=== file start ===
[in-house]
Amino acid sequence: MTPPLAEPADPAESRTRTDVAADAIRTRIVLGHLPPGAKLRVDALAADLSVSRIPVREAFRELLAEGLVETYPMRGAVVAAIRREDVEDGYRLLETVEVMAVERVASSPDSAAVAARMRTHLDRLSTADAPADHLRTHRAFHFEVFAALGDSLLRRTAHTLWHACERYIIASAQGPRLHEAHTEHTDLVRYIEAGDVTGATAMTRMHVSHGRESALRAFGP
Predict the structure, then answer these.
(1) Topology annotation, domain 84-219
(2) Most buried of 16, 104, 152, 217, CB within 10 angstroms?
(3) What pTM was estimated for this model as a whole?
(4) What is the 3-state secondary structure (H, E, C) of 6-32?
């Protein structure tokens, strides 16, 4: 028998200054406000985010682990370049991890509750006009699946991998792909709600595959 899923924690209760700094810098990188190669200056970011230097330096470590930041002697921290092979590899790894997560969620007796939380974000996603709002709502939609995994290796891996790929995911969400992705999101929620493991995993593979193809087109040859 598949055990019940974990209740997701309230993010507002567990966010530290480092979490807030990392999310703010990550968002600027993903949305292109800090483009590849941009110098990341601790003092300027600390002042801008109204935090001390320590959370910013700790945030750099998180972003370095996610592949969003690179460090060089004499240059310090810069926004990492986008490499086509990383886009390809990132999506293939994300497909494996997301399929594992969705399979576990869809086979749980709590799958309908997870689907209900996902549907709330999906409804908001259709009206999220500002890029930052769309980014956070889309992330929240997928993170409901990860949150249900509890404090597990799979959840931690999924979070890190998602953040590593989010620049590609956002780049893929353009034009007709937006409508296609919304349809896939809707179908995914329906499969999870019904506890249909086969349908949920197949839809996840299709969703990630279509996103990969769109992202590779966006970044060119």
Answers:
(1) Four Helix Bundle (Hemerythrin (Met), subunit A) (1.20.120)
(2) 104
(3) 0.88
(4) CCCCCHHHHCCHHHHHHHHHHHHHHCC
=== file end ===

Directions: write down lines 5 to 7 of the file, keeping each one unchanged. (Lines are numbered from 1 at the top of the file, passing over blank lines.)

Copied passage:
(2) Most buried of 16, 104, 152, 217, CB within 10 angstroms?
(3) What pTM was estimated for this model as a whole?
(4) What is the 3-state secondary structure (H, E, C) of 6-32?